Friday, April 15, 2011

Rant #485: Tiger Beat Beat Beat!!!!!

Ah, Tiger Beat.

When I was growing up in the 1960s and early 1970s, this was the magazine that every girl from the ages of seven to about 13 had to have.

It was the only place you could find out the latest news and gossip about all of your favorite stars, everyone from the Beatles to Paul Revere and the Raiders to Herman's Hermits to Dino, Desi and Billy to the Monkees to Bobby Sherman to the Cowsills to David Cassidy ...

Yes, I think you get it.

I heard the other day that its founder, Charles Laufer, who published Tiger Beat and other fan magazines that breathlessly covered the doings of teen idols, died at age 87.

The story goes that Laufer was teaching at a Norwalk, Calif., high school in the 1950s when he came up with the idea for a student-oriented magazine called Coaster. He later changed the name to Teen.

In 1965, he launched Tiger Beat, which covered the emerging, very fast-paced world of teendom in its infant stages. At its peak, the magazine sold hundreds of thousands of copies each month.

If you wanted to know the likes of Davy Jones, or wanted to know about Paul McCartney's latest girlfriend, you had to have Tiger Beat.

And this magazine made the use of apostrophes into an art. David Cassidy likes smart girls! Davy Jones is going with Sally Field! Mark Lindsay's desires!

Almost every sentence was punctuated with an apostrophe.

I mean, this was heavy stuff, or at least for a nine year old girl.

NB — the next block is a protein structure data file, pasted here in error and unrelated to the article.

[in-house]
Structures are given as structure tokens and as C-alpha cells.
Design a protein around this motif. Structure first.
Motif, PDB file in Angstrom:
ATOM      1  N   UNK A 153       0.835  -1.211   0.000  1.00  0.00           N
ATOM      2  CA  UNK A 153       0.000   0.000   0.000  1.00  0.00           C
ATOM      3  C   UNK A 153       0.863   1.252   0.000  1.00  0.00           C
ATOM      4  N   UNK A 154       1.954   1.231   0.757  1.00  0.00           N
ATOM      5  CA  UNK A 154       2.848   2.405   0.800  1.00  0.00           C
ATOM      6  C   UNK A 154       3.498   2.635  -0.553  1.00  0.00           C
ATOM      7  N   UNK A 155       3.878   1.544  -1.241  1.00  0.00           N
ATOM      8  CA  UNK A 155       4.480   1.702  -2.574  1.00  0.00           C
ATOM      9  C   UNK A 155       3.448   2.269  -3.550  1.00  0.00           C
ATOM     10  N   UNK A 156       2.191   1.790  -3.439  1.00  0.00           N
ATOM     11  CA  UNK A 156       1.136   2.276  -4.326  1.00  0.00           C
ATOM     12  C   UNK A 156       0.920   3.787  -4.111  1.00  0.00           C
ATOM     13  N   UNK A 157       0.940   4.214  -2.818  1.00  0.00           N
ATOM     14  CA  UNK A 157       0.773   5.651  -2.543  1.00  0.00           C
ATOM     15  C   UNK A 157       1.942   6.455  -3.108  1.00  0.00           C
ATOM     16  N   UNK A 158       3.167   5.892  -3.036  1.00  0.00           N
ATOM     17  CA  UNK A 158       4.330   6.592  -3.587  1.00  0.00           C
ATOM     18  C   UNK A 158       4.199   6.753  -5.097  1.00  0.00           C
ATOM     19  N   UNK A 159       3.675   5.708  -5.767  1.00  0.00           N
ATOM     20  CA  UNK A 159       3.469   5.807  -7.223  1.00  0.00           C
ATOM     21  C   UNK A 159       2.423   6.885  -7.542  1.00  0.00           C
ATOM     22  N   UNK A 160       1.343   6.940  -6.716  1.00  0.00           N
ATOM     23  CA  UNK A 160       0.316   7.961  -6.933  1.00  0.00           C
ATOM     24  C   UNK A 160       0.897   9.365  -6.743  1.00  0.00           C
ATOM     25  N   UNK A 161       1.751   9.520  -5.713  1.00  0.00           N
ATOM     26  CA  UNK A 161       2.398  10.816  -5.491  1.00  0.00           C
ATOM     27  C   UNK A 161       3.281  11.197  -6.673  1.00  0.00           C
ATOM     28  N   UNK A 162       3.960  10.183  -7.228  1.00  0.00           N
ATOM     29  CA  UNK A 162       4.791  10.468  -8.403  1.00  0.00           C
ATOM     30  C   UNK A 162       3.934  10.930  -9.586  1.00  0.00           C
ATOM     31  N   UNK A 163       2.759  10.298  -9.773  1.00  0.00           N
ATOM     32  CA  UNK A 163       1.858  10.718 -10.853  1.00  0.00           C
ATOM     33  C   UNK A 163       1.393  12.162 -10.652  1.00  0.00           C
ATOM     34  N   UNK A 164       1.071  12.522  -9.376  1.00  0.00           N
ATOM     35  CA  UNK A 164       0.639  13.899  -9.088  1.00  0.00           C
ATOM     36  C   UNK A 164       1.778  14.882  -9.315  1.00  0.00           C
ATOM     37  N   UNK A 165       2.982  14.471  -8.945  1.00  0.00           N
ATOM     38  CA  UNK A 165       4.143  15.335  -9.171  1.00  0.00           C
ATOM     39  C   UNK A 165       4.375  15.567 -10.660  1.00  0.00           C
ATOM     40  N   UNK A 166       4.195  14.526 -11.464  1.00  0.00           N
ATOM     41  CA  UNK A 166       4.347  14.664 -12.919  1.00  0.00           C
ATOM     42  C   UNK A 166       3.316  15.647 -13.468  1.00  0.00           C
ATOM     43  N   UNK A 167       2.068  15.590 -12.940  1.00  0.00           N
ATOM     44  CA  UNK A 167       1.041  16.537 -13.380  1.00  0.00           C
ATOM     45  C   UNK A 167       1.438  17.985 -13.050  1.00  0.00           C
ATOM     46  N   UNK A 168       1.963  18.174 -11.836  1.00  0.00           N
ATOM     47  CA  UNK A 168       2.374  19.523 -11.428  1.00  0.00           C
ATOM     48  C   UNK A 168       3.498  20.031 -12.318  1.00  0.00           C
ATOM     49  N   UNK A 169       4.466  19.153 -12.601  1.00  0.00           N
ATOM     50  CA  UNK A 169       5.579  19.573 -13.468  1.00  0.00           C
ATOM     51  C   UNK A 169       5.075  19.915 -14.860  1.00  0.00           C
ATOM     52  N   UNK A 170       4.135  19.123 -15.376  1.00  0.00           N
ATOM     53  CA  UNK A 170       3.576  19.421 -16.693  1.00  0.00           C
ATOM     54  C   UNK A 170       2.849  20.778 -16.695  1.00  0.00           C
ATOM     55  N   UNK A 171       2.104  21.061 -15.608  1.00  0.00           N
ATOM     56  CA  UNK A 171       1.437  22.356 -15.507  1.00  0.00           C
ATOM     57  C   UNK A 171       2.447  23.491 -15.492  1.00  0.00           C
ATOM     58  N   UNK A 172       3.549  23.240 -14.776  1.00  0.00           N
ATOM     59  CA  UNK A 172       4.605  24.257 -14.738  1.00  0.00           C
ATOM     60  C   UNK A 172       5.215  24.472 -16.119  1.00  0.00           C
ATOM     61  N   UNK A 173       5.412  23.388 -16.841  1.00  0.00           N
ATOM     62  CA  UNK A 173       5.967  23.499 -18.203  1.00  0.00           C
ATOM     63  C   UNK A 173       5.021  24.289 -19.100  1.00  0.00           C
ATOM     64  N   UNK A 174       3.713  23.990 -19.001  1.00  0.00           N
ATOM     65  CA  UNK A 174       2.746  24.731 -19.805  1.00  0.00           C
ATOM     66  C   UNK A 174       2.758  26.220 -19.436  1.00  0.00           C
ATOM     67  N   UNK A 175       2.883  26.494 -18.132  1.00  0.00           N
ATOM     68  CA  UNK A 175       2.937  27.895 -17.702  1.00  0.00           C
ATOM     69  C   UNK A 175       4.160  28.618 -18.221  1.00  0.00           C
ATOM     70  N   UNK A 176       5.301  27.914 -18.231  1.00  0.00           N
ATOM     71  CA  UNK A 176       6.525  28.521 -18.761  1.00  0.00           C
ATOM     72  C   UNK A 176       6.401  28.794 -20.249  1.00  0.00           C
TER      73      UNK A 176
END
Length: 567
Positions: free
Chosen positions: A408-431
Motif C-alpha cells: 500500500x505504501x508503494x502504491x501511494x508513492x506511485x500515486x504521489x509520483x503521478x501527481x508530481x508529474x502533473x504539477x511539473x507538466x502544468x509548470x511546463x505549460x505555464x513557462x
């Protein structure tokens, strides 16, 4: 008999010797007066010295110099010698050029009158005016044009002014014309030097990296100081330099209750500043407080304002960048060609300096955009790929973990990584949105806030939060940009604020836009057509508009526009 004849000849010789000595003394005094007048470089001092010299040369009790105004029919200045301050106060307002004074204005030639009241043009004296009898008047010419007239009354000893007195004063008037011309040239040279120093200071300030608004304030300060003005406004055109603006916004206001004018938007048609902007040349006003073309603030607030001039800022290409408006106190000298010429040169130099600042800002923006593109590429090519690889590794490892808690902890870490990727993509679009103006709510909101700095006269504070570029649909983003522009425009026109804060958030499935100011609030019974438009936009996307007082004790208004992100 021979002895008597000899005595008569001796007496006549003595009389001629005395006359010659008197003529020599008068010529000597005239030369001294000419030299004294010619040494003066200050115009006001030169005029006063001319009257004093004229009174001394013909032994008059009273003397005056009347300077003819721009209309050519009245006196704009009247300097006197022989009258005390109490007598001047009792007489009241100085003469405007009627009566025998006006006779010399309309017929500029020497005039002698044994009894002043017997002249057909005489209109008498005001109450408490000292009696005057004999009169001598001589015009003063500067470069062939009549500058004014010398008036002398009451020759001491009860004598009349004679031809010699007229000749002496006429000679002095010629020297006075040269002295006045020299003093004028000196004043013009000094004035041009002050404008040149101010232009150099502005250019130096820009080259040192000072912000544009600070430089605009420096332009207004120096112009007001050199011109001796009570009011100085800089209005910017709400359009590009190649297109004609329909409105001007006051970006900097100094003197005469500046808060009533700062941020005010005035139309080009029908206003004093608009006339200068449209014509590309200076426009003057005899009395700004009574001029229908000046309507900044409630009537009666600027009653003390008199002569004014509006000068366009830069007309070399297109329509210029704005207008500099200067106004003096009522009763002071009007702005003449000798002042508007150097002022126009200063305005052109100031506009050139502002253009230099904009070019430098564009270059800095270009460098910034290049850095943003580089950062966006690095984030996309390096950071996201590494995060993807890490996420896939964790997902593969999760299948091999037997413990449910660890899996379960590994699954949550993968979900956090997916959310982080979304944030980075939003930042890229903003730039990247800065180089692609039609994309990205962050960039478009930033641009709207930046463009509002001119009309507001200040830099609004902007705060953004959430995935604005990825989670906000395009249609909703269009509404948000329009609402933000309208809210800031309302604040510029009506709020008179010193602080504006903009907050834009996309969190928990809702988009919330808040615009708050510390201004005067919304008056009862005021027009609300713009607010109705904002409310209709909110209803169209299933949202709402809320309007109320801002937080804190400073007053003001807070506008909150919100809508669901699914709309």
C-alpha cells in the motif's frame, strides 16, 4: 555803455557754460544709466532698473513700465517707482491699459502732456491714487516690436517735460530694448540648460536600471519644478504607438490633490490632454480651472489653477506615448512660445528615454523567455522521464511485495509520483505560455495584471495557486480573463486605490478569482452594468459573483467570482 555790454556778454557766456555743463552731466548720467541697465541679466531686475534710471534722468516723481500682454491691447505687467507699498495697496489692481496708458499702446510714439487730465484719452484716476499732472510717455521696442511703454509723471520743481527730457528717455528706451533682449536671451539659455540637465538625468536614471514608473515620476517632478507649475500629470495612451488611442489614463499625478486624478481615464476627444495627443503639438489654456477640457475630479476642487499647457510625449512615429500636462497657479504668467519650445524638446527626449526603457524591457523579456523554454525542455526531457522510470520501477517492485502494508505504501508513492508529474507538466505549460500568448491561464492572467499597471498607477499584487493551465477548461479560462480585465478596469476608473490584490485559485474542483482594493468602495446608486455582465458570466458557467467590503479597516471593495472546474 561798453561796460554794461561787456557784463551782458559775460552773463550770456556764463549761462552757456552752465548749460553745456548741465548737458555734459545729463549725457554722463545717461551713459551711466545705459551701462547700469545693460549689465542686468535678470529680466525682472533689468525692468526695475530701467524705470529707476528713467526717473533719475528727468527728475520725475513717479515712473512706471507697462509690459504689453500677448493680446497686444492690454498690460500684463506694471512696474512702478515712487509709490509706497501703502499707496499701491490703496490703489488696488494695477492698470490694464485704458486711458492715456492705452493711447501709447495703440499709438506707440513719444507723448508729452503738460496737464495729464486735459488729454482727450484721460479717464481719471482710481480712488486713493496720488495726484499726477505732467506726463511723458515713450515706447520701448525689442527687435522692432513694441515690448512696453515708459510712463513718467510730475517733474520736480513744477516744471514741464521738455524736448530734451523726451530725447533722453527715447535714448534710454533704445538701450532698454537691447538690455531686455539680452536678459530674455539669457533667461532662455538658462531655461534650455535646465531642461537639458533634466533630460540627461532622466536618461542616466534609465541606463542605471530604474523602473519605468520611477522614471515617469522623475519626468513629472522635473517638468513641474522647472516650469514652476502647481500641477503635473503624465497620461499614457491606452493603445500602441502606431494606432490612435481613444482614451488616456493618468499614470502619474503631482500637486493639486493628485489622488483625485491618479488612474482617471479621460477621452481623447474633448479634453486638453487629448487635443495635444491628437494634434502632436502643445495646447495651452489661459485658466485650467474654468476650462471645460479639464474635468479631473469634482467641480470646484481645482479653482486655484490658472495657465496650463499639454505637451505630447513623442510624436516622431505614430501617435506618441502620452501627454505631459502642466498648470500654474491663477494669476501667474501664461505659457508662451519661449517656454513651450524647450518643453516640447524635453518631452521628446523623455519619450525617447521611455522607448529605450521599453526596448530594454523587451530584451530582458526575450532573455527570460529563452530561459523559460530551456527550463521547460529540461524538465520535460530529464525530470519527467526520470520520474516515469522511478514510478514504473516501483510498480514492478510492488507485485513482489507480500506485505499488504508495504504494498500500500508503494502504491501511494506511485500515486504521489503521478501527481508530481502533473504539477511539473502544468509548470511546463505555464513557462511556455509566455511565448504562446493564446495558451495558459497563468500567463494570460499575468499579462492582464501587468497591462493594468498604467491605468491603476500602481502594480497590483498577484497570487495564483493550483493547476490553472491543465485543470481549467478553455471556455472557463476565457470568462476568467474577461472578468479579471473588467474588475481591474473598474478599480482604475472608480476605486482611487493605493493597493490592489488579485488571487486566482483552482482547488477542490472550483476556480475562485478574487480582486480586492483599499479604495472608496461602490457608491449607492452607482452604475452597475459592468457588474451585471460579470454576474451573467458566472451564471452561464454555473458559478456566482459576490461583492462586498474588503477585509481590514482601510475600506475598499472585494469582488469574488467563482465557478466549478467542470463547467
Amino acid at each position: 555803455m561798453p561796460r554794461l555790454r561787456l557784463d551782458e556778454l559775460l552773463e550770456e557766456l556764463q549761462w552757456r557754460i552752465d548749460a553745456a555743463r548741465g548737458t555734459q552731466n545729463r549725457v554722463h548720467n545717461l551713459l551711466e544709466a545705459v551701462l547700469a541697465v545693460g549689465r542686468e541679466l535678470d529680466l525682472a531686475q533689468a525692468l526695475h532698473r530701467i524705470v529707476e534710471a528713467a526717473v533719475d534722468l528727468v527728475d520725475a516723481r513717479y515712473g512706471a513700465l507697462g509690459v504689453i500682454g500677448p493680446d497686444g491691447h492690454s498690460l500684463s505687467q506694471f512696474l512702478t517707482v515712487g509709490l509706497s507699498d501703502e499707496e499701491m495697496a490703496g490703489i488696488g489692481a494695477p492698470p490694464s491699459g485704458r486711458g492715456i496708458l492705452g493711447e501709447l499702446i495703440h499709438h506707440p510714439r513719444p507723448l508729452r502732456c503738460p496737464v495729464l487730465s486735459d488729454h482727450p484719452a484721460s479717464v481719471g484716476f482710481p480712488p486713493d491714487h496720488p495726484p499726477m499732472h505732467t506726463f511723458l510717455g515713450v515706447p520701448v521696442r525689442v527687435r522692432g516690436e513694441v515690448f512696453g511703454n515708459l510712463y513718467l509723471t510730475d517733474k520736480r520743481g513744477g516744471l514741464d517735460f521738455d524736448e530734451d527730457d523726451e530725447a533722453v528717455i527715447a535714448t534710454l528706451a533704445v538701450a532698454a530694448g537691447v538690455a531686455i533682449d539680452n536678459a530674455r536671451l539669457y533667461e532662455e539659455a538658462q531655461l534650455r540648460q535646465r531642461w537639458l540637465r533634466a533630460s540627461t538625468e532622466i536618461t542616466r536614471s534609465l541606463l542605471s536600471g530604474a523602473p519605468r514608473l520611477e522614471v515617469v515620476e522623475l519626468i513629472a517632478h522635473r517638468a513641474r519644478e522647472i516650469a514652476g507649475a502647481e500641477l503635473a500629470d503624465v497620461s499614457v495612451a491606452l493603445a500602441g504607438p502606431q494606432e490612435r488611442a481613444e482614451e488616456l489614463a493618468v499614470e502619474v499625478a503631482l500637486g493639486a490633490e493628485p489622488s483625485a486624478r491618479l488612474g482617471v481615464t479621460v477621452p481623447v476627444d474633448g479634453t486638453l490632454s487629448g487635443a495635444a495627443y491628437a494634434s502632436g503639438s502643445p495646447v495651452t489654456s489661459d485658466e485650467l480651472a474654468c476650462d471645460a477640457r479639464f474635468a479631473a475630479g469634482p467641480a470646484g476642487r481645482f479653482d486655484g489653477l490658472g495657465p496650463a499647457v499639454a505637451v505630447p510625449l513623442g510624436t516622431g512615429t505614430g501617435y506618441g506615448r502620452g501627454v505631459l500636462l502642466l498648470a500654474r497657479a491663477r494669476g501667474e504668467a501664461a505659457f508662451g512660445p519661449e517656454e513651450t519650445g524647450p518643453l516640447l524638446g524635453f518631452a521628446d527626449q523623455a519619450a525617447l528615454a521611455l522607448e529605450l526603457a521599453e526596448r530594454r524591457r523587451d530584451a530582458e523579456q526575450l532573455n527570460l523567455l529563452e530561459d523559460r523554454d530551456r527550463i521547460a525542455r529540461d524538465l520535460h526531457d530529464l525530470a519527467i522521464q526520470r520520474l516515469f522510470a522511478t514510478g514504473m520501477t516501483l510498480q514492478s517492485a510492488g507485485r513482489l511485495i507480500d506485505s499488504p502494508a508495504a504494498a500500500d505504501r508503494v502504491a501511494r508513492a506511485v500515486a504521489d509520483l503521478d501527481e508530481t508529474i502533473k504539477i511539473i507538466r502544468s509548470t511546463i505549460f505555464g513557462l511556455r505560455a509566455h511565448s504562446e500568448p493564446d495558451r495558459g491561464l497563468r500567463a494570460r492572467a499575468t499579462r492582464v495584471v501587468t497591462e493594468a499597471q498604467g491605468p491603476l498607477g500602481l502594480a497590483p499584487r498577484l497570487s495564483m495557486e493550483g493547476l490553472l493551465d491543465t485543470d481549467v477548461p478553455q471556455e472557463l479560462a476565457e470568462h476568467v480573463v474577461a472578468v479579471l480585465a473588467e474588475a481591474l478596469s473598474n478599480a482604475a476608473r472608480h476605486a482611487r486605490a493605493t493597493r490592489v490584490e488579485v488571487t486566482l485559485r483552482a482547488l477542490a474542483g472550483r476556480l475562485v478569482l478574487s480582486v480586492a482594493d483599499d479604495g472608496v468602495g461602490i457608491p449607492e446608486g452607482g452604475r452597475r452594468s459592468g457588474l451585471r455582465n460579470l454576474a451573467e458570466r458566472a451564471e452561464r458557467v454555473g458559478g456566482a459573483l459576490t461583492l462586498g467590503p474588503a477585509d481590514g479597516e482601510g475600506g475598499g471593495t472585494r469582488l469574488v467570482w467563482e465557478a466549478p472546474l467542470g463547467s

And to get the latest love beads (Davy Jones wore them!) or puka shells (David Cassidy wore them!), you had to have this magazine.

My sister collected these magazines, and read them from cover to cover when she was a kid.

She used to cut out the pictures and put them on her wall.

Me, I would take a glance every once in a while.

For boys, the news was negligible. What was important were the photos. You couldn't see photos like they had in Tiger Beat anywhere else.

And, if you wanted to keep up on the latest exploits of Susan Cowsill or Maureen McCormick, well, you had to have Tiger Beat.

Honestly, I have not looked into a Tiger Beat for decades. I guess they still cover the same type of thing--Justin Bieber and the like--for this generation of young girls.

It's a harmless publication, but I wonder how the Internet has impacted its reach.

Again, way back when, it was the only place you could find out what type of pillows Desi Arnaz Jr. liked to sleep on.

Today, that information is readily available on the Internet.

So, is the magazine still relevant?

Who knows, but you have to hand it to Laufer for dreaming it up.

It was pure genius!!!!!!

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